Date: January 4, 2012
Source: Bio Prep Watch
Abstract: Soligenix, Inc., was recently granted $9.4 million in funding to develop an anthrax vaccine in cooperation with Harvard University.
The biopharmaceutical company, based in West Windsor, New Jersey, received the grant money from the U.S. National Institute of Allergy and Infectious Disease, according to NJ.com.
The current standard anthrax vaccine, known as anthrax vaccine absorbed, requires a series of multiple injections and annual booster shots. Soligenix officials believe that their new anthrax vaccine development program is capable of making a vaccine that would require only a single dose and remain effective for a long period.
“If long-term stability were achieved, the vaccine would have the potential to be stockpiled for general use and for post-exposure prophylaxis,” Soligenix CEO and President Christopher Schaber said, NJ.com reports.
Schaber said that the U.S. government has already spent close to $4 billion in efforts to develop a vaccine more effective for pre- and post-anthrax exposure.
Mercer County, the home of Soligenix, housed the facility that
processed four anthrax-laced letters during the 2001 anthrax mail
attacks. During those attacks a handful of postal employees were exposed
to the agent through inhalation or contact with the skin. The facility
was forced to close and more than 1,000 people were treated for
potential exposure (Bio Prep Watch, 2012).
Title: HHS Enters Contract For Novel Biowarfare Antibiotic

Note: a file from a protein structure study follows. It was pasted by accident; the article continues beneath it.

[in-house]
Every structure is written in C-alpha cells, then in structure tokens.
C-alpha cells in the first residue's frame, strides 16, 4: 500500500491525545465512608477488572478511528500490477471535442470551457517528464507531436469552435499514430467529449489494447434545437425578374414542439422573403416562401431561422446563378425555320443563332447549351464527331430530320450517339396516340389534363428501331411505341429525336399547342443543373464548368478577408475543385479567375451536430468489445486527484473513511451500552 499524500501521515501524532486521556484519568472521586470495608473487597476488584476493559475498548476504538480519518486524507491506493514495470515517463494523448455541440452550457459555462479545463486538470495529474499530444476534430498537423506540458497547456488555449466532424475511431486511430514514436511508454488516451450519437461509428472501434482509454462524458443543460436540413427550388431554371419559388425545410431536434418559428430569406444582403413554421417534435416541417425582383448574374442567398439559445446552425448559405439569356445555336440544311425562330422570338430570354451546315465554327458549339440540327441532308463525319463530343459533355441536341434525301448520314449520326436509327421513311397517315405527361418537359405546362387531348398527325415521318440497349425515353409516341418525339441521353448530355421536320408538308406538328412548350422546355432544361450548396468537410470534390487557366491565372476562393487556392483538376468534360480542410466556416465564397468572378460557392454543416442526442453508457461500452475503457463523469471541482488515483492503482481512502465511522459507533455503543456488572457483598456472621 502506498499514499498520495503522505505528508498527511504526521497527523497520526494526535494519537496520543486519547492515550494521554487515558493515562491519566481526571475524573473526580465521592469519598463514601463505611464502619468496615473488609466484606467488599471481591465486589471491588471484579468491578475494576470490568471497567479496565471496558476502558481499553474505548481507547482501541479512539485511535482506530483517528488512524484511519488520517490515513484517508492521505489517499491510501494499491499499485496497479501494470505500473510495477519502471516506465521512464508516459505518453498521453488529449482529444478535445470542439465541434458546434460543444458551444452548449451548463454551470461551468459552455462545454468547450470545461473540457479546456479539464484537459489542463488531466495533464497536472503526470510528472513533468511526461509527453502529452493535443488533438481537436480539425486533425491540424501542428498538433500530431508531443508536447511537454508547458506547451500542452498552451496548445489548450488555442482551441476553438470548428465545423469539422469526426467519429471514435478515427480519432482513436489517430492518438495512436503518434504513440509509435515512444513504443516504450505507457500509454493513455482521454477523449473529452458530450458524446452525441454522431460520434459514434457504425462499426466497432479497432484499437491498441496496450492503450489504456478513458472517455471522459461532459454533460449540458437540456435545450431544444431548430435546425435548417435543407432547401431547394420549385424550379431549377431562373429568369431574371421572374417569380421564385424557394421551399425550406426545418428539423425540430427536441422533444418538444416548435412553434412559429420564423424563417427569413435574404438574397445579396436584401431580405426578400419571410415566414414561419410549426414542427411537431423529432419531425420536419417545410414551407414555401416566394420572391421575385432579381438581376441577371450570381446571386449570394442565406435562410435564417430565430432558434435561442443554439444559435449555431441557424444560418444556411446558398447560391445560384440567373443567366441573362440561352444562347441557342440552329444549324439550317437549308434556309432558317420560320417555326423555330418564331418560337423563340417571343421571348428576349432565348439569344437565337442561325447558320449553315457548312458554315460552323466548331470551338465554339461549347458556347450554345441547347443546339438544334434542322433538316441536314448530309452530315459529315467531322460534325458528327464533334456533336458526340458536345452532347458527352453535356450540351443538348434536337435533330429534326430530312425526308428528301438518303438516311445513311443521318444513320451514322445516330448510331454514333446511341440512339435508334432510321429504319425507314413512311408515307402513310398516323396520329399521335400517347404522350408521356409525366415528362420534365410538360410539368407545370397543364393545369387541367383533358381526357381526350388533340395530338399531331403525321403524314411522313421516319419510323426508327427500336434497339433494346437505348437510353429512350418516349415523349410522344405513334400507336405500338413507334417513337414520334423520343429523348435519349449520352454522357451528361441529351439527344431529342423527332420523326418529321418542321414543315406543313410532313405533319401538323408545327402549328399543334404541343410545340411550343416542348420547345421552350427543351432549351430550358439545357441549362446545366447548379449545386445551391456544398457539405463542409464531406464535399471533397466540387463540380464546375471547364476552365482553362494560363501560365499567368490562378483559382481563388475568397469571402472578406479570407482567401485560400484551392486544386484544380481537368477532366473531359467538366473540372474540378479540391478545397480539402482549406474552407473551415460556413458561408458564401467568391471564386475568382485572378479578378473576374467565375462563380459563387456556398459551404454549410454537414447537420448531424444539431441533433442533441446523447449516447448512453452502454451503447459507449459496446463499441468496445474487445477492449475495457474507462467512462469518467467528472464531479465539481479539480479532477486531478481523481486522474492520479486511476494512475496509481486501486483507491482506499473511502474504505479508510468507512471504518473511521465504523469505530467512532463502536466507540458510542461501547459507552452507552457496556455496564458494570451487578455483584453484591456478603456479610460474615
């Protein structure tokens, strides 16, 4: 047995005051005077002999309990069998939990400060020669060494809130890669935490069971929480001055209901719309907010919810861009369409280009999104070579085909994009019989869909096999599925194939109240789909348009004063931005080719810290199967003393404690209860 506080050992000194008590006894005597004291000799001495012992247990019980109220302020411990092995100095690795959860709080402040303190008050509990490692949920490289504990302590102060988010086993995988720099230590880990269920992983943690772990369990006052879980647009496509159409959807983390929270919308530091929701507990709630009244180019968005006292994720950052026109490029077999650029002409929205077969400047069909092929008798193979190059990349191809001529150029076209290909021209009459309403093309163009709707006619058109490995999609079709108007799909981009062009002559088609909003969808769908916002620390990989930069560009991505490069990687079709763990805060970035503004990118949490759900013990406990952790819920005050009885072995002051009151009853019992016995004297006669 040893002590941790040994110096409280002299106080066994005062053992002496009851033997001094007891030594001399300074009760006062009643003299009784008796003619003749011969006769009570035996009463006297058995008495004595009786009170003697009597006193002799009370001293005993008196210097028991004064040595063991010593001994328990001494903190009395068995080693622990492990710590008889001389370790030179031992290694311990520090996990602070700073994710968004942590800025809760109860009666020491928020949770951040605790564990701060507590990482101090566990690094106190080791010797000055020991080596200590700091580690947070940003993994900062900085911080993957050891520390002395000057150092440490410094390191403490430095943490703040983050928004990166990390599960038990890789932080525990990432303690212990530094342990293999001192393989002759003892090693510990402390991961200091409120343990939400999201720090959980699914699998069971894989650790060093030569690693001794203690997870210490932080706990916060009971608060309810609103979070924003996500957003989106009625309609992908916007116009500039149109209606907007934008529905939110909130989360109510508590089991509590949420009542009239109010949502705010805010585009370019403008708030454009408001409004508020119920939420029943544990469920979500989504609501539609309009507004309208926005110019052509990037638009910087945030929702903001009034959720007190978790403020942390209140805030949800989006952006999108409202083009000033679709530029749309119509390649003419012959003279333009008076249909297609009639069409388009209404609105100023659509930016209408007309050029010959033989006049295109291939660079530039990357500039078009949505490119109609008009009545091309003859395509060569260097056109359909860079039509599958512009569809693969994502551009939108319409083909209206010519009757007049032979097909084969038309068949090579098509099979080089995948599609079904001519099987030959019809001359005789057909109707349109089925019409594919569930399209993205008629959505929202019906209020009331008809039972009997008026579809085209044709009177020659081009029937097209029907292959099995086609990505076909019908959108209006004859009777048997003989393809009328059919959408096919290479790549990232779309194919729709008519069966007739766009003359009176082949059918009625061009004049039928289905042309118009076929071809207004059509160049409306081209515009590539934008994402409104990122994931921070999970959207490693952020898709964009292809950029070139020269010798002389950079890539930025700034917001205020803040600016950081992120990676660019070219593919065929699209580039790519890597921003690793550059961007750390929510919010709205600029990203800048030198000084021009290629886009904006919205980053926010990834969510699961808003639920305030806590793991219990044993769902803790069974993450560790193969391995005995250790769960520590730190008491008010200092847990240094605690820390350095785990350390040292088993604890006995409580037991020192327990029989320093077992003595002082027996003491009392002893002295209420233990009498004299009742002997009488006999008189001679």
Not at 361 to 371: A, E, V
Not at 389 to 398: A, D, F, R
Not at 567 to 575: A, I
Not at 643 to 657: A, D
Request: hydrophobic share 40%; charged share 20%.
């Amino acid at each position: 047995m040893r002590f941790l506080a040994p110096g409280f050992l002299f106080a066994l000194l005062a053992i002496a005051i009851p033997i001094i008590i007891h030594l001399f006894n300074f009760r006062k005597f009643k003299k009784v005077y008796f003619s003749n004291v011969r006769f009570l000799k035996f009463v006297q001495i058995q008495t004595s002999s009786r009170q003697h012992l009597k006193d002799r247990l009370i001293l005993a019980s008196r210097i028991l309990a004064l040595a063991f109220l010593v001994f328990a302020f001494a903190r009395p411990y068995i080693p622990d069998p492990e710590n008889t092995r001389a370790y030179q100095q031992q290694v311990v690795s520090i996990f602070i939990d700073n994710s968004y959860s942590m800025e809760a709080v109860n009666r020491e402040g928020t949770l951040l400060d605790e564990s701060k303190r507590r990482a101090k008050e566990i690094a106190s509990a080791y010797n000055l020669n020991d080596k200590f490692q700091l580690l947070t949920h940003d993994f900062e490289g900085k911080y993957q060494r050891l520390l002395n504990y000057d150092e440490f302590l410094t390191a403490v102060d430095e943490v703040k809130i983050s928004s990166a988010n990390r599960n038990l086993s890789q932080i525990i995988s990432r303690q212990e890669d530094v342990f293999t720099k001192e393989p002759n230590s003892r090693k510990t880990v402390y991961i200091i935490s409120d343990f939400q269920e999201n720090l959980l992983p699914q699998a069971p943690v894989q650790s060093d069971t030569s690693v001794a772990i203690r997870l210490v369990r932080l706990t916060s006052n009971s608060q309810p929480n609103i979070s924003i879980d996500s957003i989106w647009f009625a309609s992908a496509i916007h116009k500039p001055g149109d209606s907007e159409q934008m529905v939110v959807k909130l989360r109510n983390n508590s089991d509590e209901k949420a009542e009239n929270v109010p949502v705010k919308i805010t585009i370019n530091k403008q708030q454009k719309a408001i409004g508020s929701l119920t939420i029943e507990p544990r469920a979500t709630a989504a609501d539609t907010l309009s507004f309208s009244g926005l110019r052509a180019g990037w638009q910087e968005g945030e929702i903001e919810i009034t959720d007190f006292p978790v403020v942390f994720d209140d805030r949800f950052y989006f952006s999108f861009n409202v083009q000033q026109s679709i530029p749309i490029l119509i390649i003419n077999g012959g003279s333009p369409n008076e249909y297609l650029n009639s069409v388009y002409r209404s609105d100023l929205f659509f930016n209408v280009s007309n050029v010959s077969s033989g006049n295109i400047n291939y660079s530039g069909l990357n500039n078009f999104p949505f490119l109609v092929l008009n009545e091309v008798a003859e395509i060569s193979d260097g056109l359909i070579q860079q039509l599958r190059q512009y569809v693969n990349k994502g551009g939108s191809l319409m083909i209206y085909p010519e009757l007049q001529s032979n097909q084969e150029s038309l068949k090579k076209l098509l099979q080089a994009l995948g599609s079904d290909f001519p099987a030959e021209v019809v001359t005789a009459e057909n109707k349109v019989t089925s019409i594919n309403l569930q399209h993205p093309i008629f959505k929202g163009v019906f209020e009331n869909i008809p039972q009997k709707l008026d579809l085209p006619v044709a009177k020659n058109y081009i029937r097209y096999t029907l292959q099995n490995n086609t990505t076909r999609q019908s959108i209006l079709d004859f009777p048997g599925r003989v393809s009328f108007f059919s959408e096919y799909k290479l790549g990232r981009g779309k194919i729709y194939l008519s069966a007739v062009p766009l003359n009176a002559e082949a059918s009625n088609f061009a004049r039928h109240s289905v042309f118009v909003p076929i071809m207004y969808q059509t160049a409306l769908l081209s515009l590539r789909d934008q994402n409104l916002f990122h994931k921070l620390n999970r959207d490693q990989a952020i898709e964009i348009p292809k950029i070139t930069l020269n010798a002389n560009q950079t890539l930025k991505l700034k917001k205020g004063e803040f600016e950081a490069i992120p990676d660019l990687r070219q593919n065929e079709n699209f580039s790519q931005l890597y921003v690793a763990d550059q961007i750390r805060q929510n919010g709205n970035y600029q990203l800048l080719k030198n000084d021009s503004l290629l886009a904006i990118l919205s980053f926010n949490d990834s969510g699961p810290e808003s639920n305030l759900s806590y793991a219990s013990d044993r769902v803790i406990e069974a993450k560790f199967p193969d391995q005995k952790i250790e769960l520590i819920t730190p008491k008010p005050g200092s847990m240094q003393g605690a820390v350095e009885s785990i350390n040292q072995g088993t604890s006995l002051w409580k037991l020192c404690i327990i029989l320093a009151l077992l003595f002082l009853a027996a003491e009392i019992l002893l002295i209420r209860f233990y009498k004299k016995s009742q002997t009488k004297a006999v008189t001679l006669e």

Date: January 24, 2012
Source: Bio Prep Watch
Abstract: The U.S. Department of Health and Human Services recently entered a contract with CUBRC, Inc., to aid in the development of a novel antibiotic to be used to treat the effects of biological warfare agents such as anthrax and plague.
The $11.4 million contract will be managed by the HHS Biomedical Advanced Research and Development Authority. CURBC will work in partnership with Tetraphase Pharmaceuticals, according to YadkinRipple.com.
The contract is scheduled for one year, but can be extended to a total of five years with a potential value of $67.2 million.
The drug, known as TP-434, is a member of the tetracycline class of antibiotics, which is currently used primarily to treat intra-abdominal infections. Early indications are that TP-434 can be effective against bacteria resistant to an increasing number of antibiotics, including other tetracyclines already approved by the U.S. Food and Drug Administration.